An example of a thank you letter written by the students.Photo by: Christine Eng

Lincoln Student Swamped with Success after recent Clothing Drop

  Christine Eng, a ninth grade English teacher at Lincoln, was inspired by a thank you card saleswoman named Susan to assign her students thank you cards to write. After Susan retired from working at a card store, she began a workshop teaching people how to make heartfelt thank you letters to spread gratitude. Eng had her come into her class as a guest speaker to talk to her class about how even though these cards may just be pieces of paper, they hold a lot of meaning. When the class set out to work, they wrote cards that thanked their parents,friends, bus drivers, baristas, and even complete strangers. Eng graded her students’ cards not by artistic abilities nor how neat the penmanship was but by how meaningful the writing was.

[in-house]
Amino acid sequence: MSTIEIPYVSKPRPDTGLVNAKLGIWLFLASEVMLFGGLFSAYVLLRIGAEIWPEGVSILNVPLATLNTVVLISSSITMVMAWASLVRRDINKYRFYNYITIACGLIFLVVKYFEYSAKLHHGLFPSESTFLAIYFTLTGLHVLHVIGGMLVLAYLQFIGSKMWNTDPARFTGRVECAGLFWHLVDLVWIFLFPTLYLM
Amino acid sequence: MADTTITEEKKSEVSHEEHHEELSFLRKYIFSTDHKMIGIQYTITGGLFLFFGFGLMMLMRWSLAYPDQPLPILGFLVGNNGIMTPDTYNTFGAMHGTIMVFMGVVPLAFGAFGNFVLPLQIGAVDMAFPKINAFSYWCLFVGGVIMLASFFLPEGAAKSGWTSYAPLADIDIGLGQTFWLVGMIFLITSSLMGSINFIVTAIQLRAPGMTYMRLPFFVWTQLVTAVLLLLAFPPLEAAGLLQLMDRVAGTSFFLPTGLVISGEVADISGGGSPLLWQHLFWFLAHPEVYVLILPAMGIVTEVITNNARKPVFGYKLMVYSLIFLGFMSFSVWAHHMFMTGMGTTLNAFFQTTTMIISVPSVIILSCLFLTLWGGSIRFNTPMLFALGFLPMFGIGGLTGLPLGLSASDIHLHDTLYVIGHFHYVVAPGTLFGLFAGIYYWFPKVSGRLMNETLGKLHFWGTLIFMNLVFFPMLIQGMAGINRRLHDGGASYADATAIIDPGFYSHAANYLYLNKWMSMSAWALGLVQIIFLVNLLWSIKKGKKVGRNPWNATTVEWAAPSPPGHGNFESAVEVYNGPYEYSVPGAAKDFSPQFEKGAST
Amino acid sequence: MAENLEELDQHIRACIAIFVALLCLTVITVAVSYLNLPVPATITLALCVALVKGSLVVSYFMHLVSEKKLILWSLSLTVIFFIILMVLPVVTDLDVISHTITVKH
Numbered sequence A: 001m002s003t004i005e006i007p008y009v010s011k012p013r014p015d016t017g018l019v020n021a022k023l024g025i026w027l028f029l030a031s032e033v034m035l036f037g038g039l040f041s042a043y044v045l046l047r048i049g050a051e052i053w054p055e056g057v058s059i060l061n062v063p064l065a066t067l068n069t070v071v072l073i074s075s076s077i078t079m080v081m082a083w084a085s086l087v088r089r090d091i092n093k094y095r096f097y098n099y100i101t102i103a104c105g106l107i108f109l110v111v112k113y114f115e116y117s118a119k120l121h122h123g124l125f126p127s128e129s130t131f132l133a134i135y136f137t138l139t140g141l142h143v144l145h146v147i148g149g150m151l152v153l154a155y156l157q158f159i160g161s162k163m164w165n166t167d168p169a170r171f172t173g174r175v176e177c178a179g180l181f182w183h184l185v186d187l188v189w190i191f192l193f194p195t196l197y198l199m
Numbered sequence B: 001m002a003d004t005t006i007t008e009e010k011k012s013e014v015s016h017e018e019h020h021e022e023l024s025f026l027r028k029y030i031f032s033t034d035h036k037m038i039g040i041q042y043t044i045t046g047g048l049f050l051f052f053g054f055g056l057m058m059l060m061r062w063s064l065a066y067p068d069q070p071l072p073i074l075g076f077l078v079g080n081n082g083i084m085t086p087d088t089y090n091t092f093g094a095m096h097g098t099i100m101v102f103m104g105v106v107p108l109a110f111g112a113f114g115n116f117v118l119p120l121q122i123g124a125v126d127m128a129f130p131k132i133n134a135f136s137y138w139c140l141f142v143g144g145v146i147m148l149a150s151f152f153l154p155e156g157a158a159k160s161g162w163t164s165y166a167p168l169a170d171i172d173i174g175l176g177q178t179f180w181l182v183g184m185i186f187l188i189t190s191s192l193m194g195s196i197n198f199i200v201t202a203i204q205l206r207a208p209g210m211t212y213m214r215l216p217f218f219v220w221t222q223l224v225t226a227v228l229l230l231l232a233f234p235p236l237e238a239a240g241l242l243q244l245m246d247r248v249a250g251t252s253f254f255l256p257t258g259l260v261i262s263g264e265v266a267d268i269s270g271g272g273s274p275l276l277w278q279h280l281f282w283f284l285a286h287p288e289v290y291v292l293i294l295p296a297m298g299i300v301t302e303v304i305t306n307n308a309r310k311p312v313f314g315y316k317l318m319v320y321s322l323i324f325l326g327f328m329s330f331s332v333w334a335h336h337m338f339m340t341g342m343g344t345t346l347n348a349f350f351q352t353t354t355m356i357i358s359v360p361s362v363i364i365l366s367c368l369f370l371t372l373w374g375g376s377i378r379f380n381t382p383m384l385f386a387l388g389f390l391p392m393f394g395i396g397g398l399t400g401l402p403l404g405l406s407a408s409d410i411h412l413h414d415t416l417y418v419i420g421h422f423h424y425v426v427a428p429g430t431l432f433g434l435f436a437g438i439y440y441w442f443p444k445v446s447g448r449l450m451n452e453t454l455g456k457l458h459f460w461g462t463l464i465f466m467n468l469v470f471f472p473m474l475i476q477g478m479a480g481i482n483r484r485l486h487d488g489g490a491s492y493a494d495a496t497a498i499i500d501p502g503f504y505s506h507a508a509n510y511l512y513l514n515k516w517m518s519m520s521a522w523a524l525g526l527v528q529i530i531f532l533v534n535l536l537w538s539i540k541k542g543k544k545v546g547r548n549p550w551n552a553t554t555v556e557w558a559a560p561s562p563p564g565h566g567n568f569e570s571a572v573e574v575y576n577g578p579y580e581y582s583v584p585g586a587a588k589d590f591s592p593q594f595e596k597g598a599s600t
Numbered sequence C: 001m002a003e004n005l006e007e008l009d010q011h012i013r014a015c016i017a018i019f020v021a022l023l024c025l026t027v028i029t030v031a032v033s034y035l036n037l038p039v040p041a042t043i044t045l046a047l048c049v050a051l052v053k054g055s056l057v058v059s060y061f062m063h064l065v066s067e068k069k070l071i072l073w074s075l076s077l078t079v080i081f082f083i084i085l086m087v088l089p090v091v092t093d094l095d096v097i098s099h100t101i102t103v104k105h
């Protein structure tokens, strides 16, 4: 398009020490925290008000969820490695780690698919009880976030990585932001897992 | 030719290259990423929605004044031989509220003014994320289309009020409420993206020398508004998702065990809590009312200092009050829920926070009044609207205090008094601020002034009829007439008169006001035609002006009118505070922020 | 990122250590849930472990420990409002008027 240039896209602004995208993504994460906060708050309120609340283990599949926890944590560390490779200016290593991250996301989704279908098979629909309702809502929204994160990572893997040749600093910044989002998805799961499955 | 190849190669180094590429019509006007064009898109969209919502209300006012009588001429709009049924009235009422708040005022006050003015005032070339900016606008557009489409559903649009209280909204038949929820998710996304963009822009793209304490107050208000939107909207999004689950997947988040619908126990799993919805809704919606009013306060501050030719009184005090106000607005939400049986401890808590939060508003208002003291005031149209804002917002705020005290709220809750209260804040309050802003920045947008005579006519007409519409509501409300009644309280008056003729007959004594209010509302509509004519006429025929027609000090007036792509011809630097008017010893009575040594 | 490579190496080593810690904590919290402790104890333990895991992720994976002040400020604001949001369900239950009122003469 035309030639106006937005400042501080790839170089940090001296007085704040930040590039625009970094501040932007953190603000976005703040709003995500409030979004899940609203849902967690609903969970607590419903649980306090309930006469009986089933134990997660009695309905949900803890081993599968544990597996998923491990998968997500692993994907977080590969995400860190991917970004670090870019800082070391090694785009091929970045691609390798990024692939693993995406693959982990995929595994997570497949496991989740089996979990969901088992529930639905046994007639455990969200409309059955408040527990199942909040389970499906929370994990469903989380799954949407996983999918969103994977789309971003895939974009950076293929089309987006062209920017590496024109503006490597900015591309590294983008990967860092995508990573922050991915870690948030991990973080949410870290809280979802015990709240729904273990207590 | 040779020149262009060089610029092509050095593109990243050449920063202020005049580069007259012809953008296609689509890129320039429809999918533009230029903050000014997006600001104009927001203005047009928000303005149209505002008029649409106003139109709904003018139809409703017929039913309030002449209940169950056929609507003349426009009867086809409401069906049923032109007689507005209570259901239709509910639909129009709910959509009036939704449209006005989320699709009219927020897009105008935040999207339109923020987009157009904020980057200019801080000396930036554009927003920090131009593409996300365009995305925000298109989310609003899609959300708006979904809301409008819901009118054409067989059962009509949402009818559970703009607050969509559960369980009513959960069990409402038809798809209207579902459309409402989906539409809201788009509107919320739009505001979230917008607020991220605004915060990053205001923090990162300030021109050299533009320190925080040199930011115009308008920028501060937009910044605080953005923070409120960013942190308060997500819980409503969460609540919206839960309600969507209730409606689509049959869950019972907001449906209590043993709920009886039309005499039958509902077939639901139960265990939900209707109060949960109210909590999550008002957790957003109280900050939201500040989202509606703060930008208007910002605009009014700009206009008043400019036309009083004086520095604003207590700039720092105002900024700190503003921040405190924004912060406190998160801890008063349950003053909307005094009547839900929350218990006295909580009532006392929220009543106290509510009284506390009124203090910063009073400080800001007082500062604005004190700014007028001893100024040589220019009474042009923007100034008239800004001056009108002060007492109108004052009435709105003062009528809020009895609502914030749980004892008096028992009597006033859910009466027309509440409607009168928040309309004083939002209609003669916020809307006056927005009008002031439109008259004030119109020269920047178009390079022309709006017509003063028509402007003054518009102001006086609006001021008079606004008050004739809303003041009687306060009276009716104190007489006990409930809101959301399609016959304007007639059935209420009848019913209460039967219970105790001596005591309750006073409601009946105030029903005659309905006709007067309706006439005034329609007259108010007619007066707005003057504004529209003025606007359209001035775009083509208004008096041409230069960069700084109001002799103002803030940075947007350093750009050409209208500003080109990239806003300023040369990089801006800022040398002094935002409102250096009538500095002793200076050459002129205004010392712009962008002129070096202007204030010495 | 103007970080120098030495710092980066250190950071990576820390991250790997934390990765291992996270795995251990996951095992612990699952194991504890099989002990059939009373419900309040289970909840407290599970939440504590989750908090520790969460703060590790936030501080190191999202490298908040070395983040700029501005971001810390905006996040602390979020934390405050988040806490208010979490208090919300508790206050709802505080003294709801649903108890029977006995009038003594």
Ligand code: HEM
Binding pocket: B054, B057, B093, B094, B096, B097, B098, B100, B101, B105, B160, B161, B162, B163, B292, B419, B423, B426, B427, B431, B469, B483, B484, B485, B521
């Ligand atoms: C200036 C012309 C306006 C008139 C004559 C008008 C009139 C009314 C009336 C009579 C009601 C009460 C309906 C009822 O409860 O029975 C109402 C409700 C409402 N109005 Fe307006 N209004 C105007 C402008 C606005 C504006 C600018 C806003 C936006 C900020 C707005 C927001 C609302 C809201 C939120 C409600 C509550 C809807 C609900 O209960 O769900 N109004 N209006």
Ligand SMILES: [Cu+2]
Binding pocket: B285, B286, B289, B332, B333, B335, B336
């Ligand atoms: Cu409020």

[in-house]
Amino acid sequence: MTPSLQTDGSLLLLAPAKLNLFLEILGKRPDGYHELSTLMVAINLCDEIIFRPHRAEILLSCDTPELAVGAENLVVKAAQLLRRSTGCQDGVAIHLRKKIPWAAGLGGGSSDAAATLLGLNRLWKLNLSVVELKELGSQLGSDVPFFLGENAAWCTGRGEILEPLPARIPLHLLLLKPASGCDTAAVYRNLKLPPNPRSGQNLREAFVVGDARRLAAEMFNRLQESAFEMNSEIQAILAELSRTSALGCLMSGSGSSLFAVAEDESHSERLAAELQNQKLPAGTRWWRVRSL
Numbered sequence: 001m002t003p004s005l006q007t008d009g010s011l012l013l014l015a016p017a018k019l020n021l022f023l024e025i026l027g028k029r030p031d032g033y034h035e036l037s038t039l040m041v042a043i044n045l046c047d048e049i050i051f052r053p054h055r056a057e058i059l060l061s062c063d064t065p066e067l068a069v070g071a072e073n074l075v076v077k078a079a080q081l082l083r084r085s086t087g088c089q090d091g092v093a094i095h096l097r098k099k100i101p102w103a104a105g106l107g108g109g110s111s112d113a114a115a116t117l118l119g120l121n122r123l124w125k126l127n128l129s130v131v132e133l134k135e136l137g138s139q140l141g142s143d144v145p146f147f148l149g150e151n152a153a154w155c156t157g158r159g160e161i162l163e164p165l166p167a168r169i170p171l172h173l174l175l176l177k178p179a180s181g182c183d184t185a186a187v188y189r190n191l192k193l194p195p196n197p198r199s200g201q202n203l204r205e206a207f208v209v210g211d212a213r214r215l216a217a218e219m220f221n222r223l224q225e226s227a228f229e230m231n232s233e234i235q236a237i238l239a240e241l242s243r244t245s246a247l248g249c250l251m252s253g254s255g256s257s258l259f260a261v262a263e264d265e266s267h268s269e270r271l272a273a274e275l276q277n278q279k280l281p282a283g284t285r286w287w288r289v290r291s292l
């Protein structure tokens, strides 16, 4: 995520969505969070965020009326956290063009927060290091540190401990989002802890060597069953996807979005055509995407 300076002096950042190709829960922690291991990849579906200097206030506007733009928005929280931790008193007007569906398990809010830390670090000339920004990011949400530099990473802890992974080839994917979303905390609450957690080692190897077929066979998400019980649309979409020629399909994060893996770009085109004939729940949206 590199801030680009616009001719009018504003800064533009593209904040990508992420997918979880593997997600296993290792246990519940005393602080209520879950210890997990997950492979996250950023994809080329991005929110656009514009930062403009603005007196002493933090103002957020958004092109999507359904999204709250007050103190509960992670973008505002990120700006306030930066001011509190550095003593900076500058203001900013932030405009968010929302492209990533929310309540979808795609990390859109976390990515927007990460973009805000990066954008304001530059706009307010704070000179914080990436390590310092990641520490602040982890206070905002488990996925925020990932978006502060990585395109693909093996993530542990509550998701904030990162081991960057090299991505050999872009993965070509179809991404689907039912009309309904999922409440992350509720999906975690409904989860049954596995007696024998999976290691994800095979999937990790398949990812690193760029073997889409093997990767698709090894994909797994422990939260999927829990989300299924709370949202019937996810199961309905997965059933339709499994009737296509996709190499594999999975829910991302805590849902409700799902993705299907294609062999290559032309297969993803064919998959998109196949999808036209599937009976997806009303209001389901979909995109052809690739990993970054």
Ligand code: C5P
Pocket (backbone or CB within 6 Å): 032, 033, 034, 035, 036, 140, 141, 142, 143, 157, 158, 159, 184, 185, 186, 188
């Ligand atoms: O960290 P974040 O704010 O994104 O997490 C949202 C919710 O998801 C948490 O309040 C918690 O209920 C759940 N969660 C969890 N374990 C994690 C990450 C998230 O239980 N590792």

While the students drew and made their own cards, Eng and Susan began noticing how creative the kids were getting in the process. Madison Lew, one of Eng’s students, said the workshop was great for her and she really learned the meaning behind a handwritten card.

  “I could take away how thank you cards are can have a big impact in both the writer of the card and the receiver.” says Lew.

  Lew wrote a card to her mother. While making the card, she learned to go with the flow let her creativity flow. She learned that writing in this way made for a more sincere card.